Paul has been on Dance music’s frontline since the release of Leftfield’s debut single ‘Not Forgotten’ in 1989. With partner Neil Barnes, the duo went onto become one of the most globally successful and respected acts in Dance music, along the way shaping styles and creating sounds that have influenced heavily and been borrowed from literally. As a DJ, remixer and producer in his own right, Paul employs the same approach to being different, fresh and exciting as he has throughout his vocation and the success he has enjoyed has come through an absolute understanding of the music, the clubs and the people.

Paul spent the late seventies and the early eighties soaking up the wide variety of music that the vibrant gig and club scene of his hometown Margate offered. This meant he was able to hear everything from Punk, Reggae’s bass-led rhythms, as well as Jazz-Funk, Soul and an emerging underground electronic music scene. Eventually he ran his own nights, based around a lot of new and experimental European electronic music and post-Punk assortment.

The early 80’s were spent living in London with underground clubs and early warehouse parties providing the night-time excitement and the places to hear new music like Electro, Hip-Hop, reggae, soundtracks, jazz, funk, northern soul. A trip to the states as session percussionist with the Brand New Heavies in the late eighties, enabled him to visit clubs like The Sound Factory, Red Zone and Save The Robots and many other underground happenings of the NYC club scene in the late 80’s, opening him up to the exotic American scene and House music in particular.

Back in the UK and Ibiza this new breed of dance music was bubbling away on a small scale, but it’s highly potent cocktail of repetitive beats and exiting electronic sounds would explode on contact with a simmering British boredom and the Ecstasy boom. For Paul, the abundance of music arriving from the States and Europe, the excitement of the clubs and hearing British DJ’s mixing it up and doing things differently, persuaded him to become involved in the music himself. “Suddenly at those early Acid-House parties, it seemed that everything I’d ever been into came together under one roof,and everything was good’ Cue Leftfield… As dance acts go they don’t come any bigger and few have had such an enormous impact on the international scene. By not repeating themselves, Leftfield delivered two key albums – for which they received Brit & Mercury nominations for Best UK Dance Acts in both 1996 & 2000 – that helped shift Dance music’s sound into new and dynamic phases and as such the reputation and the respect that the name Leftfield still commands to this day, is literally second to none.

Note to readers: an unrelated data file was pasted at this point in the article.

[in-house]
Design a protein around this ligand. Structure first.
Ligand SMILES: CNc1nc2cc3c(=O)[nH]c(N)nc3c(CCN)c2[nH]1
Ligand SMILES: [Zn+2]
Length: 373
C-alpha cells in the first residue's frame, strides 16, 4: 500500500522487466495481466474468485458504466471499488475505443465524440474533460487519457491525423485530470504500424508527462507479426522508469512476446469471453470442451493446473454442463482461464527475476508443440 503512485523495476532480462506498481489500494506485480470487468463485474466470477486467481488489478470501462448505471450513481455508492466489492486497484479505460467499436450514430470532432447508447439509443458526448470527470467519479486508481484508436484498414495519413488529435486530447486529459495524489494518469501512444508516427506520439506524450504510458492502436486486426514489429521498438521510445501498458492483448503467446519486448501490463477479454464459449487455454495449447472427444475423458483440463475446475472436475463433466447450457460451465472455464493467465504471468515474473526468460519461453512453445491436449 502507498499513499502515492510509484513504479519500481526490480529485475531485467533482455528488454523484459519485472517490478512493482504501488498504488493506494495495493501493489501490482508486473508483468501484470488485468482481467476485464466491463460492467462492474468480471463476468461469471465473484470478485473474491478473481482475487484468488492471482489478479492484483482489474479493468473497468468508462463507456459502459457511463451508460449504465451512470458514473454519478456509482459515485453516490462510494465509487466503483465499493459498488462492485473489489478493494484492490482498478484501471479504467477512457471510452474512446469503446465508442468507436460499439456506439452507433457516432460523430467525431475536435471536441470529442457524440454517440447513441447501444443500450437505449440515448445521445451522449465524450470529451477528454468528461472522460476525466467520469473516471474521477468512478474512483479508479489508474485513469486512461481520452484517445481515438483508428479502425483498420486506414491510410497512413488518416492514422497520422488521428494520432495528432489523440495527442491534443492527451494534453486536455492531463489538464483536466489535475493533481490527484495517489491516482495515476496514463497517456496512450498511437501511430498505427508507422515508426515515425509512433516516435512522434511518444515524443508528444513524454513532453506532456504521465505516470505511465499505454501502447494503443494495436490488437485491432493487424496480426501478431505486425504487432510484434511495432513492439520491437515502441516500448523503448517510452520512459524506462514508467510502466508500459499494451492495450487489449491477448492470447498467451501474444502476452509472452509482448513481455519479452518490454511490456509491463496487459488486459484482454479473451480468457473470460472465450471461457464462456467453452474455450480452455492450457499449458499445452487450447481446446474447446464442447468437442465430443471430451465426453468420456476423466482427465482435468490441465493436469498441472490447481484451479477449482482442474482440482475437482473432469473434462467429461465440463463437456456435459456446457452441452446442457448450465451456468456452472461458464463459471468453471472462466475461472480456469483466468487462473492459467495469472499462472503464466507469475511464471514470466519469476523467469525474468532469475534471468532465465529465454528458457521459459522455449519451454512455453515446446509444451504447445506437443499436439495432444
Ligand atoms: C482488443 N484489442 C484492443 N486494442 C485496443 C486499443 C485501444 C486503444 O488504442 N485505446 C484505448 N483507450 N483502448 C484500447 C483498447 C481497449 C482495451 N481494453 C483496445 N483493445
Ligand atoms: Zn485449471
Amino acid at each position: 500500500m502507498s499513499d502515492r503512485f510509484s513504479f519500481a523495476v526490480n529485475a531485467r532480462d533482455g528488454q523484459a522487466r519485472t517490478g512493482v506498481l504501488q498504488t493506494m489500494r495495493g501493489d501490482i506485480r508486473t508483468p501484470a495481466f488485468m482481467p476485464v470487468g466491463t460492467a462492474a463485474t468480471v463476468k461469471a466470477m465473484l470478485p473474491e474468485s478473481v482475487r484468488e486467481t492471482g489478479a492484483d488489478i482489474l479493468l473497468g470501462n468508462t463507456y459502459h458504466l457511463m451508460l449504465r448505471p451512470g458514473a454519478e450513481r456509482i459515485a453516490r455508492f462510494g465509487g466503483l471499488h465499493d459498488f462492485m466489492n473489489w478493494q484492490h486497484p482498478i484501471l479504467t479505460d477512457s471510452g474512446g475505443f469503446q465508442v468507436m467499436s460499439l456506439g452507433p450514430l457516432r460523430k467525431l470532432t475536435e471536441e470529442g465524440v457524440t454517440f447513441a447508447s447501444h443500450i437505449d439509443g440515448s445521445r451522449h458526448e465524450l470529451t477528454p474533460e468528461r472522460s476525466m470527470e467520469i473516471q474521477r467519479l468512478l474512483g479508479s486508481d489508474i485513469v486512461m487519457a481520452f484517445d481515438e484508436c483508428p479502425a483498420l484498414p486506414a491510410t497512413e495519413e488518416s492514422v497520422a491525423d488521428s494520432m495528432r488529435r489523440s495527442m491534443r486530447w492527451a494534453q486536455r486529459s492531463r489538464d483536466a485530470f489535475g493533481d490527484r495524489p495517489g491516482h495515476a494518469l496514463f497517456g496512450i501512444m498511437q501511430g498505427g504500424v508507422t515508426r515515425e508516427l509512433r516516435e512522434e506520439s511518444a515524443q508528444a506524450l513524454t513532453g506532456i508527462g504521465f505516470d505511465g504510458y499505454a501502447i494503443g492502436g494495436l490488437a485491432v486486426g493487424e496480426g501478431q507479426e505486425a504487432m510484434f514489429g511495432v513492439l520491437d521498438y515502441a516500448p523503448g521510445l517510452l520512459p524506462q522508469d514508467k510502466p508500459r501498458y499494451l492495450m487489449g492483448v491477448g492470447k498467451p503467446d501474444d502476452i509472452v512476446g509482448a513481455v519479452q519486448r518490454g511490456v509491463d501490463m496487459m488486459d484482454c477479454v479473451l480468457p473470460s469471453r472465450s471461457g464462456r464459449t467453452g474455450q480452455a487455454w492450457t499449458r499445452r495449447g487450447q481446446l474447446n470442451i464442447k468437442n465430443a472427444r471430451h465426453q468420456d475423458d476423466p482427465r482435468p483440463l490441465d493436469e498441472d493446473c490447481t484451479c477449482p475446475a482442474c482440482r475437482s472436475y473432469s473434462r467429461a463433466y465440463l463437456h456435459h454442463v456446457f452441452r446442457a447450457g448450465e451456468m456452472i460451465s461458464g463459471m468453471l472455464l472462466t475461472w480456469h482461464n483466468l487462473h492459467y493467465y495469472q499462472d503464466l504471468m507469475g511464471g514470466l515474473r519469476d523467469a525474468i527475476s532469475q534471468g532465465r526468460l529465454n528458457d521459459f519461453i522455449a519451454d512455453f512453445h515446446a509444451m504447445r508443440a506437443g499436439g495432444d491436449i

Their debut album ‘Leftism’ (1995) redrew the borders for dance music, pioneering a radical hybrid that drew intuitively on rib-shaking dub, futuristic techno, house and breaks and with its timeless qualities, is regularly declared ‘The Greatest Dance Album Of All Time’. Its included collaboration with Sex Pistol John Lydon on ‘Open Up’ was the first ever dance/rock crossover not to sacrifice any of the attitude of either genre. Their second album ‘Rhythm & Stealth’ (1999), contained an equally exciting new blend of crisp, cutting-edge electronic sounds and alongside vocal contributions from Afrika Bambaata and Roots Manuva, included the fearsome electro-breaks beast ‘Phat Planet’, with which Leftfield once again wiped all pretenders away. Sales are in excess of 1,000,000 copies worldwide for each album.

With the Leftfield sound dictating much of clubland’s sound they were in-demand as remixers and subsequently deconstructed then dusted their magic over an assortment of artists that included David Bowie,Stereo MCs, Inner City, Tricky ,Renegade Soundwave and many more. During the Leftfield years the duo also formed their own label Hard Hands which itself was at the front of the scene and aside their own music was responsible for issuing over 60 other releases by underground artists that included Pressure Drop, Dark Globe and Full Moon Scientist.